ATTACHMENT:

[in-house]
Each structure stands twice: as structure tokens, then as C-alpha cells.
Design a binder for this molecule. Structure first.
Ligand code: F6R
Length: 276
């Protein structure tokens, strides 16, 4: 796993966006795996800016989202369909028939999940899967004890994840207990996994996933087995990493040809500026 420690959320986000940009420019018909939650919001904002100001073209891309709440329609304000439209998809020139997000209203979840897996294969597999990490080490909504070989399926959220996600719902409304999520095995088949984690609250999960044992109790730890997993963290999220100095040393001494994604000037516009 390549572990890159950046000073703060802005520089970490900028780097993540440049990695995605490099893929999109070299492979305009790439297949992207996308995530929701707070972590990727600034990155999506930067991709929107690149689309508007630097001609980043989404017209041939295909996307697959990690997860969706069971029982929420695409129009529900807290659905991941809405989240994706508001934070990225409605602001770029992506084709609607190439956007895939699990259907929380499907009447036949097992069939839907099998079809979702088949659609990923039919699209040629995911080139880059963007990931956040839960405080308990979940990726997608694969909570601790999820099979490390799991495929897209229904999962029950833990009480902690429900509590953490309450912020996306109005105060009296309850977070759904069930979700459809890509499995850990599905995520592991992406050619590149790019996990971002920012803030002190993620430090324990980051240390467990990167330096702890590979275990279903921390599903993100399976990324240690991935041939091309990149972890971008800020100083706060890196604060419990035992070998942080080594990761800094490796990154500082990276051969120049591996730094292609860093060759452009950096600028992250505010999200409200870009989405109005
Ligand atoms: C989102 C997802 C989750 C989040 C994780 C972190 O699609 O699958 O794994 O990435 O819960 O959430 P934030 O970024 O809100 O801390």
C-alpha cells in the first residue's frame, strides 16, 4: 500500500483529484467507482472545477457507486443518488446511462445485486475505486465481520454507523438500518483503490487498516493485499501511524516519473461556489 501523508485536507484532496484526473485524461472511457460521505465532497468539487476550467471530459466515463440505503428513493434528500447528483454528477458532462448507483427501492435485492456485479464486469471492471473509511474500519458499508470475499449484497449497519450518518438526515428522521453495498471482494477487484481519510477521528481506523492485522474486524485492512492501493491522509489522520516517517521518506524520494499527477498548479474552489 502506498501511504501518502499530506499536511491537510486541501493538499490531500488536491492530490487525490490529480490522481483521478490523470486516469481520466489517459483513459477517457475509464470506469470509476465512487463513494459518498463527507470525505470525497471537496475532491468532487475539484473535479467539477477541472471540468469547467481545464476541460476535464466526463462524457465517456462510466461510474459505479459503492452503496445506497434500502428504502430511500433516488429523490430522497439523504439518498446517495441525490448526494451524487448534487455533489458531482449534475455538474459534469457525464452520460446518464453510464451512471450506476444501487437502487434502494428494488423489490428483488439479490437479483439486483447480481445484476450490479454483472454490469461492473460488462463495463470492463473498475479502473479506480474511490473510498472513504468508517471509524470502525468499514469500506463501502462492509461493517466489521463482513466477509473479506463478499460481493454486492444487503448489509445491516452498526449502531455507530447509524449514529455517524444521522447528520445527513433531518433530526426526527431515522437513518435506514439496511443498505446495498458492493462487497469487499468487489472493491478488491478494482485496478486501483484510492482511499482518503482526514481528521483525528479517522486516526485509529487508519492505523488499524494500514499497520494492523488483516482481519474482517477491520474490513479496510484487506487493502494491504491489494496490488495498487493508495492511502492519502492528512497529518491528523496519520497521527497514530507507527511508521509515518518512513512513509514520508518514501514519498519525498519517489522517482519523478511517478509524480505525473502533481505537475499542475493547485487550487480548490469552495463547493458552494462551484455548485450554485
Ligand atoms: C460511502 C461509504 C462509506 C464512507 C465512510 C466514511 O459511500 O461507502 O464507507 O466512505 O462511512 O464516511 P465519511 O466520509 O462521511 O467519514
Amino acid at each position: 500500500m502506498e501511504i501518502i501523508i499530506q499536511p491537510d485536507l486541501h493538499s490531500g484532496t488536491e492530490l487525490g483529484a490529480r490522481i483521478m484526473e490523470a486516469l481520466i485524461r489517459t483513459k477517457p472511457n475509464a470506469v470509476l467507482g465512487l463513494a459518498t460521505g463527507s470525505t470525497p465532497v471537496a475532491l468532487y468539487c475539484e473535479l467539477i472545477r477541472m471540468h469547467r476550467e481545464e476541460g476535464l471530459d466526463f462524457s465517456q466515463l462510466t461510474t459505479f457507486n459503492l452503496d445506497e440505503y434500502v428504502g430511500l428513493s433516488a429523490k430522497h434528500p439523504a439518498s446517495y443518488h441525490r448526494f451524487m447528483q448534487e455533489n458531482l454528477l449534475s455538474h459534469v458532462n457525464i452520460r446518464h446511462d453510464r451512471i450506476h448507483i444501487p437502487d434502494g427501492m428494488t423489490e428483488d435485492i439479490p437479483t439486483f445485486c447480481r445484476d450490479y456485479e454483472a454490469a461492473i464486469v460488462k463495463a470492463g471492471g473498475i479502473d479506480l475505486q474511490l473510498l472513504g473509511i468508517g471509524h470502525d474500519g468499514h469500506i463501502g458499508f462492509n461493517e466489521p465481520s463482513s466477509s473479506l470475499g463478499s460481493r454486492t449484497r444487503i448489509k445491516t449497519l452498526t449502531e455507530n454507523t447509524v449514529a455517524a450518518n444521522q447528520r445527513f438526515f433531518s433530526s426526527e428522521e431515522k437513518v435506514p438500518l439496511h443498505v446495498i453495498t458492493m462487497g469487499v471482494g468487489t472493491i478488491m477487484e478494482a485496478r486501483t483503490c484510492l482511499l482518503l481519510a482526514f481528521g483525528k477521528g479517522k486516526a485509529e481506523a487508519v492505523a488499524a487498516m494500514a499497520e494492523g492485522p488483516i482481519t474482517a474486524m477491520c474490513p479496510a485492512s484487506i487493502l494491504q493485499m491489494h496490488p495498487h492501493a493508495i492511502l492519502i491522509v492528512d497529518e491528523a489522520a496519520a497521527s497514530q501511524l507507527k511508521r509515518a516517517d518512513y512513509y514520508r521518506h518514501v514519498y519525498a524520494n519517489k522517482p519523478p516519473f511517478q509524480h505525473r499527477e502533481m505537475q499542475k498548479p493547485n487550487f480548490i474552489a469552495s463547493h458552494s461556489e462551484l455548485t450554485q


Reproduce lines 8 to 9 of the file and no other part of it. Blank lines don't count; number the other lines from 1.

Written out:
C-alpha cells in the first residue's frame, strides 16, 4: 500500500483529484467507482472545477457507486443518488446511462445485486475505486465481520454507523438500518483503490487498516493485499501511524516519473461556489 501523508485536507484532496484526473485524461472511457460521505465532497468539487476550467471530459466515463440505503428513493434528500447528483454528477458532462448507483427501492435485492456485479464486469471492471473509511474500519458499508470475499449484497449497519450518518438526515428522521453495498471482494477487484481519510477521528481506523492485522474486524485492512492501493491522509489522520516517517521518506524520494499527477498548479474552489 502506498501511504501518502499530506499536511491537510486541501493538499490531500488536491492530490487525490490529480490522481483521478490523470486516469481520466489517459483513459477517457475509464470506469470509476465512487463513494459518498463527507470525505470525497471537496475532491468532487475539484473535479467539477477541472471540468469547467481545464476541460476535464466526463462524457465517456462510466461510474459505479459503492452503496445506497434500502428504502430511500433516488429523490430522497439523504439518498446517495441525490448526494451524487448534487455533489458531482449534475455538474459534469457525464452520460446518464453510464451512471450506476444501487437502487434502494428494488423489490428483488439479490437479483439486483447480481445484476450490479454483472454490469461492473460488462463495463470492463473498475479502473479506480474511490473510498472513504468508517471509524470502525468499514469500506463501502462492509461493517466489521463482513466477509473479506463478499460481493454486492444487503448489509445491516452498526449502531455507530447509524449514529455517524444521522447528520445527513433531518433530526426526527431515522437513518435506514439496511443498505446495498458492493462487497469487499468487489472493491478488491478494482485496478486501483484510492482511499482518503482526514481528521483525528479517522486516526485509529487508519492505523488499524494500514499497520494492523488483516482481519474482517477491520474490513479496510484487506487493502494491504491489494496490488495498487493508495492511502492519502492528512497529518491528523496519520497521527497514530507507527511508521509515518518512513512513509514520508518514501514519498519525498519517489522517482519523478511517478509524480505525473502533481505537475499542475493547485487550487480548490469552495463547493458552494462551484455548485450554485
Ligand atoms: C460511502 C461509504 C462509506 C464512507 C465512510 C466514511 O459511500 O461507502 O464507507 O466512505 O462511512 O464516511 P465519511 O466520509 O462521511 O467519514